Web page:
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Time to Talk About Tuition

The consistently rising tuition costs of higher education have made it more difficult for families to afford college and burdened graduates with loads of student debt.

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Time to Talk About Tuition

The continuous rise in the cost of college tuition is making it nearly impossible for many to pursue higher education.

The continuous rise in the cost of college tuition is making it nearly impossible for many to pursue higher education.

Meg Travis

The continuous rise in the cost of college tuition is making it nearly impossible for many to pursue higher education.

Meg Travis

Meg Travis

The continuous rise in the cost of college tuition is making it nearly impossible for many to pursue higher education.

Meg Travis, News Editor

Welcome to the United States of America: the land of opportunity and the place where dreams come true, or so it says in the brochure. The stark reality for many, however, is that with the unreasonably expensive (and still rising) costs of college tuition make it nearly impossible to afford a year at university, much less enough to graduate. From this, universities must rework their philosophies of the true, reasonable cost of an education and, for public universities, the government must reconvene on education policy and work out a solution that increases the amount of federal spending on these underfunded institutions.

While it is natural that the price of tuition should rise with inflation rates in comparison to the costs for older generations, the recorded increases in fees have vastly outpaced that of inflation, according to the New York Times.

This staggering factor produces an unaffordable cost for a significant number of families, with the average price of attending a private university being $43,648 annually, according to College Data.

This creates a difficult situation for many and forces several students to take out large loans that throws them into the pit of debt that grows with interest each year, making it even harder to live out a prosperous life.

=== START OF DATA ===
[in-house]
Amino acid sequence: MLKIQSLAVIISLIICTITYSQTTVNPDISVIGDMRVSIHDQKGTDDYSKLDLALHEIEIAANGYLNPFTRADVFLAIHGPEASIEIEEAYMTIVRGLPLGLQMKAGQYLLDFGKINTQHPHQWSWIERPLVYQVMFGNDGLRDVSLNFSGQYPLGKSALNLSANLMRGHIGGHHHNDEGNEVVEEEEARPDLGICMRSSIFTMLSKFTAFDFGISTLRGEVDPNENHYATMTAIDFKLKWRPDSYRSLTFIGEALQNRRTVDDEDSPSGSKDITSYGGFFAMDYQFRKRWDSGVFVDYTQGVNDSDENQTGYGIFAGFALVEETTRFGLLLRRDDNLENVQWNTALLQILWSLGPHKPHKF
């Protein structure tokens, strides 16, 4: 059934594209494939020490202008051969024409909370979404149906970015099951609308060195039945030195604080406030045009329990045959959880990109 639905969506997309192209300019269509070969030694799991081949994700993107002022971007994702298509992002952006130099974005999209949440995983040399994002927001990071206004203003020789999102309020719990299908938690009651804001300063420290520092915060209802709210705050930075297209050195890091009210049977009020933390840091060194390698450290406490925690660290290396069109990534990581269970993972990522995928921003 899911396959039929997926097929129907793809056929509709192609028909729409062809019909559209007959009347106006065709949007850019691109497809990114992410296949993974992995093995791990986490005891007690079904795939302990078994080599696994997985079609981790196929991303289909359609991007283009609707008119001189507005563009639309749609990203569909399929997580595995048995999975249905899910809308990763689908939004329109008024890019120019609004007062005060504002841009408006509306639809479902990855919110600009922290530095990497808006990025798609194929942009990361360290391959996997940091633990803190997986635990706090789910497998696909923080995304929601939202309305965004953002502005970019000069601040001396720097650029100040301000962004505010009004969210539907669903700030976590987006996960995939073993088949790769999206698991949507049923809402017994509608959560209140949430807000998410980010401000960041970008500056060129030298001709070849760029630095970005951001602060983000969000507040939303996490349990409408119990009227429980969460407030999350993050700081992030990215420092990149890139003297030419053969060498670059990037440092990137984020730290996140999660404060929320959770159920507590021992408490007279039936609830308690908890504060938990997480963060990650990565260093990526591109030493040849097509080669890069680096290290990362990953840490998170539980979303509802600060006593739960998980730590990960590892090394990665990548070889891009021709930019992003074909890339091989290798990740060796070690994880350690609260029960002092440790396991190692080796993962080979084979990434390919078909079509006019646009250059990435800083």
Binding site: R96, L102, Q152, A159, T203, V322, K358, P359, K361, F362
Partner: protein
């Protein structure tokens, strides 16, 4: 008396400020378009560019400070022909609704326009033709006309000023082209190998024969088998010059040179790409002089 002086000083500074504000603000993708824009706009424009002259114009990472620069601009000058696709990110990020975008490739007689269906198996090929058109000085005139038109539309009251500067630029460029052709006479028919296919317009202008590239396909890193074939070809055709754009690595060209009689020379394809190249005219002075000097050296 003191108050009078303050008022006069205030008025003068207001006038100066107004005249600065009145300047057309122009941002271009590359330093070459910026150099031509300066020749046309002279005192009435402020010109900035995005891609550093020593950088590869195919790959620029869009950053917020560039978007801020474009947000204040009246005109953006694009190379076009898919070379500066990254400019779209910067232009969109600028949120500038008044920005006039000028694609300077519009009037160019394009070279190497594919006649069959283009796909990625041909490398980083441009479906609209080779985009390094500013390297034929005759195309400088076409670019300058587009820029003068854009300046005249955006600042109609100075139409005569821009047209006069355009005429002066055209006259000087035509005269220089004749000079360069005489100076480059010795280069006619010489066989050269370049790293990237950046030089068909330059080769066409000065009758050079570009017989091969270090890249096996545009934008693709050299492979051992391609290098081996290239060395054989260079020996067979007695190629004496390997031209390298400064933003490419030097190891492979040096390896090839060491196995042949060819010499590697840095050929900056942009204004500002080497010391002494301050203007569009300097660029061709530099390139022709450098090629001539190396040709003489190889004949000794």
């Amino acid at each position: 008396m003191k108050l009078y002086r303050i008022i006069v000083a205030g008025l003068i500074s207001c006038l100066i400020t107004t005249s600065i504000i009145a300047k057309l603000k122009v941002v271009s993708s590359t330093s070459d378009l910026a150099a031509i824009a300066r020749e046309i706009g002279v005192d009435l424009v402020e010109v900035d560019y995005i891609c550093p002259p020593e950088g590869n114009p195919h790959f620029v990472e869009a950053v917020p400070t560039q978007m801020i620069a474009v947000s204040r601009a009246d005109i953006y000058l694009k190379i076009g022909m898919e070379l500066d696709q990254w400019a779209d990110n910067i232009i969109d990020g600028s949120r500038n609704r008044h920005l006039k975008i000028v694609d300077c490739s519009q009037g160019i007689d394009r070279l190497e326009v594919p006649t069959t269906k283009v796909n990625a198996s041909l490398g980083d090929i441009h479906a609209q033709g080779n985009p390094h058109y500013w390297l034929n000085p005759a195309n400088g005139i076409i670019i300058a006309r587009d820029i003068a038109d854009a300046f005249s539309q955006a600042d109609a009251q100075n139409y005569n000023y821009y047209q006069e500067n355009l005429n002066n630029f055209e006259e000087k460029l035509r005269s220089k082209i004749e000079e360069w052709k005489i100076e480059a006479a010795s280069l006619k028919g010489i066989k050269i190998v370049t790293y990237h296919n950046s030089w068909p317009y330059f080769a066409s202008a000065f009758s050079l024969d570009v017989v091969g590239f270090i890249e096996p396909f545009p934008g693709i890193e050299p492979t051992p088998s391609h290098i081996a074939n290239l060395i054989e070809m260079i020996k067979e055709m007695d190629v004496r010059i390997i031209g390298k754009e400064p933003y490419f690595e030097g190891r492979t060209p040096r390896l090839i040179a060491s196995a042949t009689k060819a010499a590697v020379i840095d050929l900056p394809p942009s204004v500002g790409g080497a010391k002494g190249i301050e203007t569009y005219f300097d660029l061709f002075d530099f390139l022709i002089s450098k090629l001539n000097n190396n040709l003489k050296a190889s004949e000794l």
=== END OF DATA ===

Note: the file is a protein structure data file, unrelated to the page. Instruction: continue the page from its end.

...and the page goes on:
Tribune News Service
Chart showing the percent change in average tuition fees of 4-year public universities history of College tuition pricing from 1975-2015. TNS 2016

Furthermore, even accounting for any kind of financial and scholarship aid, there are many unforeseen costs of college, such as travel, textbooks, supplies and any kind of extracurricular activity that force families to redesign their financial plans. Many parents who pay for their child’s higher education have to minimize other expenditures, with 41 percent even having to cut back on their own retirement assets, according to Time.

The nature of these actualities should not be accepted by those who want the citizens of this country to live prosperously and comfortably because, as cheesy as it sounds, knowledge is indeed power and it is through an educated society that profitability is maximized.

The educational system is indeed a broken one, with public and community colleges severely underfunded and low benefits and salaries for professors in spite of exponential tuition cost increases, according to Forbes. There needs to be a call for compromise and reprioritization of educating future generations, and giving those who want a higher education the opportunity to strive for it without running themselves thin.

The movement that needs to most come out of these increasingly expensive tuition costs is the determination to fight against it. If there aren’t enough people willing to pay such unreasonable prices to attend these schools, then they will not receive high enough enrollment to sustain such high prices. In extension, there needs to be a booming voice for the importance of education and a halt in the government from cutting these kinds of aid even further.

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Meg Travis, News Editor


Walkout Song: “Purple Lamborghini” by Skrillex and Rick Ross
Guilty Pleasure: The Bachelor/Bachelorette
Favorite Food: Marco Polo’s Cheese...

1 Comment

One Response to “Time to Talk About Tuition”

  1. Angela on April 9th, 2018 5:53 PM

    I am completely blown away, I am an exchange student and therefore not living in America. I had no idea it was this bad! Great article!

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